To anyone else, such a tough draw might seem intimidating, but for the Crimson it’s familiar territory.
A glance at the NCAA men’s tennis tournament bracket shows No. 51 Harvard (15-6, 7-0 Ivy League) in a precarious position: the Crimson face 17th-ranked Texas Tech, likely followed by No. 16 Michigan, all for the dubious right to play the top-ranked Mountaineers of Virginia in the round of 16.
Still, considering that the team was unsure until Tuesday afternoon whether it would receive a third or fourth seed, the players are thrilled.
“We’re the lowest-ranked third seed, but we’re certainly happy,” says junior Chris Clayton. “It gives us a much better shot.”
Backed by a résumé that includes its first undefeated Ivy League season since 2004, Harvard knew it had an automatic bid to the tournament. But the higher seeding proves key as it guarantees that the Crimson will avoid the country’s elite programs in the first round.
“Our team’s got a lot of ability,” Harvard coach Dave Fish ’72 explains. “But realistically, we’re more in it if we play a 17-32 [ranked team] than a 1-16.”
Indeed, the Crimson will bring high hopes into the first round when it travels to Ann Arbor, Mich. on May 9. Due to some insightful early season scheduling, the squad has already faced the toughest competition possible.
“We’ve seen the best guys in the country,” Fish adds, referring to Harvard’s nine matches against ranked opponents, including Michigan and Virginia, before starting its league season. “The intimidation factor isn’t there.”
Although a difficult schedule will always leave its marks—the Crimson dropped hard-fought matches against the Wolverines and Mountaineers, 5-2 and 6-1 respectively—Clayton saw tremendous benefits in the challenge.
“The schedule definitely had a lot to do with [our success],” he says. “We had some ranked wins in there and, more importantly, there really weren’t any bad losses.”
While Harvard’s ample experience and first tournament bid since 2004 are plenty of cause for excitement, the players and coaches realize that an uphill battle looms. Fish notes that the favored Red Raiders (19-5, 4-3 Big 12)—led by Big 12 Coach of the Year Tim Siegel—will give the Crimson all it can handle.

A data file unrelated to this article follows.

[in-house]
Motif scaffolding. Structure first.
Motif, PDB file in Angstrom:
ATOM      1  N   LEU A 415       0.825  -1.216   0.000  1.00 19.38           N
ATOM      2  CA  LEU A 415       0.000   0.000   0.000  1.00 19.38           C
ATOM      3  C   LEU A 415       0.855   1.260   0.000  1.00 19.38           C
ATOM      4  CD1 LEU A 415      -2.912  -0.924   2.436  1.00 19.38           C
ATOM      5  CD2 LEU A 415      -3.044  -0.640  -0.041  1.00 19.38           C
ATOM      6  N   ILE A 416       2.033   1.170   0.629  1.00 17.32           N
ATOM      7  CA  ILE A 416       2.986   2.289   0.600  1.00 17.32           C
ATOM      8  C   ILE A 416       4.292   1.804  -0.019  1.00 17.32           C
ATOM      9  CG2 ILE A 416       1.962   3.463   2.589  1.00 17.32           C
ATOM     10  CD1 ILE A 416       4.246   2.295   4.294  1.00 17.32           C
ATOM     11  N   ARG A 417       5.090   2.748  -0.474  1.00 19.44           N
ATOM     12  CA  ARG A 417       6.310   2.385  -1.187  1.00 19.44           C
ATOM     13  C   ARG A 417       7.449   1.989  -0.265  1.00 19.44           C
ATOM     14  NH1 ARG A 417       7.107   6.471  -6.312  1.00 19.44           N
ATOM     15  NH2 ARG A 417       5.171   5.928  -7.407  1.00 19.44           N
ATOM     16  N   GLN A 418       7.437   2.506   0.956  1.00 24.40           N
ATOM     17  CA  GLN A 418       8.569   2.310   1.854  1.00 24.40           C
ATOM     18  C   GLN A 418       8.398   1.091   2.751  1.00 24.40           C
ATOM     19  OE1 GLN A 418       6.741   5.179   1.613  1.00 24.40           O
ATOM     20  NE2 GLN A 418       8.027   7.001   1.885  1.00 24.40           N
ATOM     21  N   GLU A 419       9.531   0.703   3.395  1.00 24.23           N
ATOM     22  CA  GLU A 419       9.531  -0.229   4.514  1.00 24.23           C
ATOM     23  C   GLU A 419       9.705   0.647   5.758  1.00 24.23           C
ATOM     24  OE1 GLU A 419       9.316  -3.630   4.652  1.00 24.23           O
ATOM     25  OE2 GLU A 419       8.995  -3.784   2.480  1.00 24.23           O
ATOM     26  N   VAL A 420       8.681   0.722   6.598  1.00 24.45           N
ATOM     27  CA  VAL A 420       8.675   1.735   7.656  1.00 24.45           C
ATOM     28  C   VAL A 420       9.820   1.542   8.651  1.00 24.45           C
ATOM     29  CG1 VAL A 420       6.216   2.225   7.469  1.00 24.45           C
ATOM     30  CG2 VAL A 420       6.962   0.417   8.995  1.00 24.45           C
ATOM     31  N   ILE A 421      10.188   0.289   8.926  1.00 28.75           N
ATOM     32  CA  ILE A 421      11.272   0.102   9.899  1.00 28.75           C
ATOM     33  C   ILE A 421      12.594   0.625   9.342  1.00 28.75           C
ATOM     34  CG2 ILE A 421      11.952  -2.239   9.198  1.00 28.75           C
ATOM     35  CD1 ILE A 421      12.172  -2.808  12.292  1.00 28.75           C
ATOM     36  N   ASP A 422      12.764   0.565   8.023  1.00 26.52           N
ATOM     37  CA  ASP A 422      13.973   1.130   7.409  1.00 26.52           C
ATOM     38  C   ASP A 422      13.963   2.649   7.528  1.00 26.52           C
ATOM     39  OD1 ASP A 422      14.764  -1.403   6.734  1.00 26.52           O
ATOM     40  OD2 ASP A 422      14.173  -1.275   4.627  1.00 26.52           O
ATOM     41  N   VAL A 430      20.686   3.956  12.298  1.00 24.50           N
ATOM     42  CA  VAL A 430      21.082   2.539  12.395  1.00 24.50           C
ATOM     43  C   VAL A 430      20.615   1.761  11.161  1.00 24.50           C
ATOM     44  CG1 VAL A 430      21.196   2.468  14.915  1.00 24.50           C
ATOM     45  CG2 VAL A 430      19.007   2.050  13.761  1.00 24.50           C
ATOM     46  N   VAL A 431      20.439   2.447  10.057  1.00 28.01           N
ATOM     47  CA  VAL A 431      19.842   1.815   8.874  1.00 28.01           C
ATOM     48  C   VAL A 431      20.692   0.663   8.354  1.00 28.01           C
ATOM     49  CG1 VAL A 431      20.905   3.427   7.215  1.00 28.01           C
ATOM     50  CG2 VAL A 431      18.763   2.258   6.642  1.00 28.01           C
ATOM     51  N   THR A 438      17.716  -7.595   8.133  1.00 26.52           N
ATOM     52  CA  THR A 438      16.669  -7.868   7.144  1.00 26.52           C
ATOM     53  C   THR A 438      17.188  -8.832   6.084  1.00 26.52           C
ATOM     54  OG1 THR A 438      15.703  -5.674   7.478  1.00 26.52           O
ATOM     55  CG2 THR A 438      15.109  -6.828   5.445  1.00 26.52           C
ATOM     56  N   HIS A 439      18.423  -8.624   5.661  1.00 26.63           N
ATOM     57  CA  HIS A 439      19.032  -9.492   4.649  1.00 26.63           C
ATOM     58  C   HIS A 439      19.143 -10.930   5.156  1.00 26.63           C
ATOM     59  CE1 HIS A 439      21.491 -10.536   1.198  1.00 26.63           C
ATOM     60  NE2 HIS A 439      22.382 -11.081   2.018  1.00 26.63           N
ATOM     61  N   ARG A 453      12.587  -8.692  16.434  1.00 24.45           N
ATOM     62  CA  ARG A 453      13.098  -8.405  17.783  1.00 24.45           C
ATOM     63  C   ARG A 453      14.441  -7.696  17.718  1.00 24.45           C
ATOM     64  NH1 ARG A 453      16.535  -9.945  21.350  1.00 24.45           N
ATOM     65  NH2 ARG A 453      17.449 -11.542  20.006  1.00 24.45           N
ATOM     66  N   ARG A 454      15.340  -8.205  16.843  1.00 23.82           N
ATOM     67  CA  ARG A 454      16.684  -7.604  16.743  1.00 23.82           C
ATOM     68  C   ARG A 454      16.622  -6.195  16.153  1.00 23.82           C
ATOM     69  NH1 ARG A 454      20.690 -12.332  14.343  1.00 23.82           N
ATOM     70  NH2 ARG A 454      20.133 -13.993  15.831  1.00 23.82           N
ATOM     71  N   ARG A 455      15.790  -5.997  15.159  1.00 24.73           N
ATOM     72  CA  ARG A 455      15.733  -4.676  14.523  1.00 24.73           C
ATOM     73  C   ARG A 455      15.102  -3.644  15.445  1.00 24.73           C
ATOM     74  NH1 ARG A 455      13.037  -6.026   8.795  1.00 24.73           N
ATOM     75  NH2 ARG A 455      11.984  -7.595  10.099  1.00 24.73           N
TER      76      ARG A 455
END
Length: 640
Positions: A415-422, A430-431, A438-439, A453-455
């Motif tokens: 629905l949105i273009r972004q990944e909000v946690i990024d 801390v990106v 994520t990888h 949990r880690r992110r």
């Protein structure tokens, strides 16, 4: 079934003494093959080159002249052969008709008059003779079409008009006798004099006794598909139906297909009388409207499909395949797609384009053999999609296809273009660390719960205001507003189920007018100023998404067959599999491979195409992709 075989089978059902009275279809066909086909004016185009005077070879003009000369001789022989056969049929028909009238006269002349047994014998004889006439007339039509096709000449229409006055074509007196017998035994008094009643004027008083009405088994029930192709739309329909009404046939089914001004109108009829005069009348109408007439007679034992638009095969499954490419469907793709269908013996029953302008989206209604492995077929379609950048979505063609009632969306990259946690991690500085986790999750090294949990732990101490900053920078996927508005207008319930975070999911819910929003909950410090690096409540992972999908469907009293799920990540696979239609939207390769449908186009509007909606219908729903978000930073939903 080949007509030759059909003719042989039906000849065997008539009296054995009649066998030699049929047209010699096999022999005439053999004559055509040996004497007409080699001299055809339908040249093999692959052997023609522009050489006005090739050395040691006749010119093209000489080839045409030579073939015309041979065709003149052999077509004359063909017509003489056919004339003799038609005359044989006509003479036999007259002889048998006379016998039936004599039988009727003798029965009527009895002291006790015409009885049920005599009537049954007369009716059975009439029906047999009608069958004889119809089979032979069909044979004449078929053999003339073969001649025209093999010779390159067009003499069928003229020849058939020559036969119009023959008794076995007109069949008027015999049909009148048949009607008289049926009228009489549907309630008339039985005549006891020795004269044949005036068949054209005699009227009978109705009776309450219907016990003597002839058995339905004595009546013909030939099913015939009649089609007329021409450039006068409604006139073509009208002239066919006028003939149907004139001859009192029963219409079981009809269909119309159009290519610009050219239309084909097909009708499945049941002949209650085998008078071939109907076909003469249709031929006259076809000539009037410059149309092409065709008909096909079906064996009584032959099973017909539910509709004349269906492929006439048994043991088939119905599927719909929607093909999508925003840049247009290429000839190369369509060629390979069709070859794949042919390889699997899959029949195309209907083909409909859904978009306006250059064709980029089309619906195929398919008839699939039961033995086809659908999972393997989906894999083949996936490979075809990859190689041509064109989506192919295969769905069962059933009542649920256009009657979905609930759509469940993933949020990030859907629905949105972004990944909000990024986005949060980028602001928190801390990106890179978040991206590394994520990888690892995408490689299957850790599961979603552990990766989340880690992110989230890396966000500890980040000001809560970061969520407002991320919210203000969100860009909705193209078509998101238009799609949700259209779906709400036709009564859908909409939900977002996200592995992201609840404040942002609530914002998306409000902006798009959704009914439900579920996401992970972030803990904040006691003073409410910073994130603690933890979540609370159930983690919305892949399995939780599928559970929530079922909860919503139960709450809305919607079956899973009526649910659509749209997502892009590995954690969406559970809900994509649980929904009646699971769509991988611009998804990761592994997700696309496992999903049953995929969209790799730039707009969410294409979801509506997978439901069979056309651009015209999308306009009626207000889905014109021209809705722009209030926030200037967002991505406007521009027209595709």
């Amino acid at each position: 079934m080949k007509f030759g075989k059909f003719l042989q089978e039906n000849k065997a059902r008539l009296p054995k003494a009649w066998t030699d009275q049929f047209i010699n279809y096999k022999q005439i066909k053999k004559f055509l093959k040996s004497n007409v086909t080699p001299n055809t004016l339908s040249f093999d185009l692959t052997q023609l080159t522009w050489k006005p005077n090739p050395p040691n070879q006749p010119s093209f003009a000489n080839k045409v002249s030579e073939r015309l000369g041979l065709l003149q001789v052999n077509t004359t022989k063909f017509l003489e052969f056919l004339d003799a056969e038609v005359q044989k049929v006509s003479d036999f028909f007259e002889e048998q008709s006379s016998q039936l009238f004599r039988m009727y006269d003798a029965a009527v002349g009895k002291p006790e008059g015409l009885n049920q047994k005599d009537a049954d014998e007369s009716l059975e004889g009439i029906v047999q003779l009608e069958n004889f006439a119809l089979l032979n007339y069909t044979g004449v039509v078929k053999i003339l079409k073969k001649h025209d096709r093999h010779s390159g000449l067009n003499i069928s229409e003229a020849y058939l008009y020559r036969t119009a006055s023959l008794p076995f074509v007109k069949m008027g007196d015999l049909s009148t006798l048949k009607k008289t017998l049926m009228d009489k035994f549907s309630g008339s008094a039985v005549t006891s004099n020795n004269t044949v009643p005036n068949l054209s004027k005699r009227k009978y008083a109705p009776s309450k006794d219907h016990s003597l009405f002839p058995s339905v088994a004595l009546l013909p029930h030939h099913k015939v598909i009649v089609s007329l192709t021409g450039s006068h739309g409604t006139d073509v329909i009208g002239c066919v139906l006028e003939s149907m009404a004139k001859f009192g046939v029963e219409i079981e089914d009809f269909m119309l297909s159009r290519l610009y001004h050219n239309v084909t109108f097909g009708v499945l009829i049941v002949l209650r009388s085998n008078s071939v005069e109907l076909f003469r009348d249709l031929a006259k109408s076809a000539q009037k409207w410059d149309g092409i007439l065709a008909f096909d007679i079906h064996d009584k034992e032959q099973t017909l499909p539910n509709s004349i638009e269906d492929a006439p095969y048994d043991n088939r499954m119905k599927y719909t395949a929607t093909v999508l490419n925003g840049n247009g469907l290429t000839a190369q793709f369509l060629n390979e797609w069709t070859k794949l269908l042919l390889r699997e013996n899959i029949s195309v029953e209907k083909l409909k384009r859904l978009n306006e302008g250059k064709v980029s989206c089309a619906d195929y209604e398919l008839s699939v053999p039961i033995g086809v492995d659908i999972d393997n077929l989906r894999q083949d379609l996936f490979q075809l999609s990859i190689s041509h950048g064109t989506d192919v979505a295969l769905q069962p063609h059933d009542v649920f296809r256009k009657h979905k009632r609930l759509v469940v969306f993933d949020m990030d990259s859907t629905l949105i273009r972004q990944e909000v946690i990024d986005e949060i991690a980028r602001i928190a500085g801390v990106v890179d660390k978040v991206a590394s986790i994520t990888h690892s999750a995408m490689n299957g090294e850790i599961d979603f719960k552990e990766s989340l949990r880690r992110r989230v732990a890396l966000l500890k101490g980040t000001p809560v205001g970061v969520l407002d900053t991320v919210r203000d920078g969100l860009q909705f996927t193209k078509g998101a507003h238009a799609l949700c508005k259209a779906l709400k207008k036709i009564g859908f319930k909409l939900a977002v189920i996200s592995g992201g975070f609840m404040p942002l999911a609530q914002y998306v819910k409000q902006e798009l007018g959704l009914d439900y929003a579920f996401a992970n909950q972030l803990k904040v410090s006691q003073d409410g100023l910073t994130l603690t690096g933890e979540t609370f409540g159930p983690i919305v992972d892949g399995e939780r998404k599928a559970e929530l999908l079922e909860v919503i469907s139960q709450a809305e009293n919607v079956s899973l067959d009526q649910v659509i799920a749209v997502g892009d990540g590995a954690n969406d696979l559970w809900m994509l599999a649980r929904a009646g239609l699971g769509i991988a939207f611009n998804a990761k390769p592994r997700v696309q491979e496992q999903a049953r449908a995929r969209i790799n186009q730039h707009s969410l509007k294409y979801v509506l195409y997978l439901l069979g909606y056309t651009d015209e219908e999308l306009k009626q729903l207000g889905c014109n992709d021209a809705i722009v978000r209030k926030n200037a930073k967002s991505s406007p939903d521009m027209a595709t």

“The [Texas Tech] program has really come up,” Fish says. “They win a lot of doubles points, which gives the team a lot of confidence.”
Not only do the Red Raiders boast strong doubles, led by the 13th-ranked pair of senior Bojan Szumanski and junior Christian Rojmar, but their singles play has also proved forceful, helping the squad to a second place tie in the Big 12 and a national top 30 finish for the seventh time in 14 years.
No. 33 Szumanski and 119th-ranked Sinisa Markovic both earned All-Conference honors in singles and pose a difficult challenge for Harvard’s top two players, No. 112 Clayton and senior captain Ashwin Kumar.
Still, Kumar, an All-American doubles player who teams with junior Sasha Ermakov as the 34th-ranked pair, draws on his past experience for confidence.
“Having a chance to play some of the best players in the country really prepared us,” the captain explains. “Once you’re used to that level of competition, it becomes second nature.”
In addition to the optimism of his players, Fish brings a seasoned swagger to Ann Arbor. The winningest coach in Harvard history has led his squads to an impressive 12 victories in tournament matches. Considering that no member of the team has competed in the NCAA team tournament, Fish has endowed his squad with crucial perspective.
“When you know the ropes, you know what’s a big deal and what isn’t,” the coach reflects. “It’s like having your first child, you learn not to worry about every little thing.”
As an underdog Harvard enters the tournament, perhaps the most important goal for players and coaches is just to enjoy the opportunity.
“There’s excitement in general, regardless of the seeding,” Kumar says.
With a prepared squad and a battle-tested coach, the road ahead doesn’t seem to matter. The Crimson has a chance to add some quality victories to an already memorable experience.